The Resilient group of listed property funds has outperformed other established property groups thanks to the dominance of the funds in the market segments they focus on, according to Ndabe Mkhize, portfolio manager at Stanlib.
The Resilient family firms, which hold stakes in each other, include Resilient Property Income Fund, Capital Property Fund, Fortress Income Fund, New Europe Property Investments (Nepi) and Rockcastle Global Real Estate Company.
"Generally speaking, their growth as a group has been head and shoulders above other similar-sized groups," Mkhize said last week, adding that the companies' growth forecasts pointed to a continuation of this trend.
Resilient focuses mainly on non-metropolitan retail properties in SA and Nigeria, while Capital has a bias towards local logistics, Fortress focuses on rural retail near commuter transport nodes, Nepi operates mainly in Romania, and Rockcastle targets global property.
Mkhize said the "engine" for the Resilient group of funds was the three retail-focused stocks - Resilient, Nepi and Fortress - which were each dominant in their respective markets.
Nepi, which had proved a good investment for the Resilient partly due to currency factors, had a strong pipeline of developments that were yield-enhancing and financed by competitive debt.
"Nepi is dominant in Romania, Resilient is dominant in the non-metropolitan areas, and Fortress is dominant along transport nodes." He said Capital, which had investments in Nepi and Fortress, could "piggyback on their sister funds".
The group's management teams had "also been cautious to not just do any developments for the sake of doing developments but to focus on those where they believe they can dominate their and not be vulnerable to competition".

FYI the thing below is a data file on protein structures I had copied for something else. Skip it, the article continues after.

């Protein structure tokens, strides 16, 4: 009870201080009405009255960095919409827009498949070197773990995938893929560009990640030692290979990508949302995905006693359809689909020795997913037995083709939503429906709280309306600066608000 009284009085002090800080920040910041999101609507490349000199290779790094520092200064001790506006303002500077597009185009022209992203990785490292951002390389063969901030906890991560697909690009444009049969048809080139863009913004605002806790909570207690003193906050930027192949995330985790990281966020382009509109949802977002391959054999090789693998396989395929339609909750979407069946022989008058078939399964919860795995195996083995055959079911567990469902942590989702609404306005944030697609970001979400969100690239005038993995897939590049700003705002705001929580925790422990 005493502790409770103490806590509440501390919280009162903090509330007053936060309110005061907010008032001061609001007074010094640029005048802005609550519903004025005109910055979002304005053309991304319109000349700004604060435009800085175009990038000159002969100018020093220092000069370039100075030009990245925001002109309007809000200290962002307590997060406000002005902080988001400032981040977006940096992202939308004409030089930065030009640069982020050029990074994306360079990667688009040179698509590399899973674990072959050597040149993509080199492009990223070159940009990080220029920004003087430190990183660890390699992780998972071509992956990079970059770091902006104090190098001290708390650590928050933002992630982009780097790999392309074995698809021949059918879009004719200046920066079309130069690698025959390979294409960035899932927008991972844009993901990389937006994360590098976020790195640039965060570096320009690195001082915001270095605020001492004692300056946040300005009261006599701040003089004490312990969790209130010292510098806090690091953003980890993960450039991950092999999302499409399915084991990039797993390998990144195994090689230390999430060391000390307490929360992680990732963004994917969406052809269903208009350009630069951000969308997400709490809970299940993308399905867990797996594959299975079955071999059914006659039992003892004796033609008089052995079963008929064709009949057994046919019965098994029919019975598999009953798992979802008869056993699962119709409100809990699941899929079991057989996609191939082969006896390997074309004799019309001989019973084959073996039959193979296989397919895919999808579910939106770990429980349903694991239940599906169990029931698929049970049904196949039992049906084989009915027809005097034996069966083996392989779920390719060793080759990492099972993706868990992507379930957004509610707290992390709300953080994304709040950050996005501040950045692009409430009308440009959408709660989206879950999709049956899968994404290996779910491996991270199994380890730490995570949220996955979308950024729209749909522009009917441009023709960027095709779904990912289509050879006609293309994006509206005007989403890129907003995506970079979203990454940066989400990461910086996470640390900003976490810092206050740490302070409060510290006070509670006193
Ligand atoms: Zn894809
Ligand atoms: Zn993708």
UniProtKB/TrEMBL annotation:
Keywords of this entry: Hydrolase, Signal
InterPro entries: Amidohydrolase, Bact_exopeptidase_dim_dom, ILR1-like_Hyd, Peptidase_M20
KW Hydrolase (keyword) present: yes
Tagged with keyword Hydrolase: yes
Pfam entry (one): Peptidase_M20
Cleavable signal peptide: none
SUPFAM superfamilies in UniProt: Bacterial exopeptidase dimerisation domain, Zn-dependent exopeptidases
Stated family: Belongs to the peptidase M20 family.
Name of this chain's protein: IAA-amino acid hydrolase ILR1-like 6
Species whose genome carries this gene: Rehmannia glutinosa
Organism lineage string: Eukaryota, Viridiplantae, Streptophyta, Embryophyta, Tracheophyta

Resilient's chief executive Des de Beer attributed the fund's strong growth to forward planning, conservative interest rate hedging, and the "dominance" of its centres.
"A lot of these strategies we put in place five years ago - we knew the South African market was a bit over-heated, and we saw deep value in places like Romania, so we invested there at the time. Our investments in Nepi were yield-dilutionary for us - now we are getting the benefits," he said.
Resilient was not targeting further retail developments in SA, which the fund sees as a saturated market but De Beer said the fund's focus was on major extension projects and on Nigeria.
Resilient, with partners Standard Bank and Shoprite, is developing retail assets in predominantly non-metropolitan areas in Nigeria where there is little competition. The fund recently began the construction of a mall in Warri.
De Beer said Nigeria was still "untouched" although places such as Lagos were being increasingly targeted. "There is less than 120,000m² of formal retail space in Nigeria, including Lagos and that's less retail space than in Sandton City," he said.
Source: Business Day via I-Net Bridge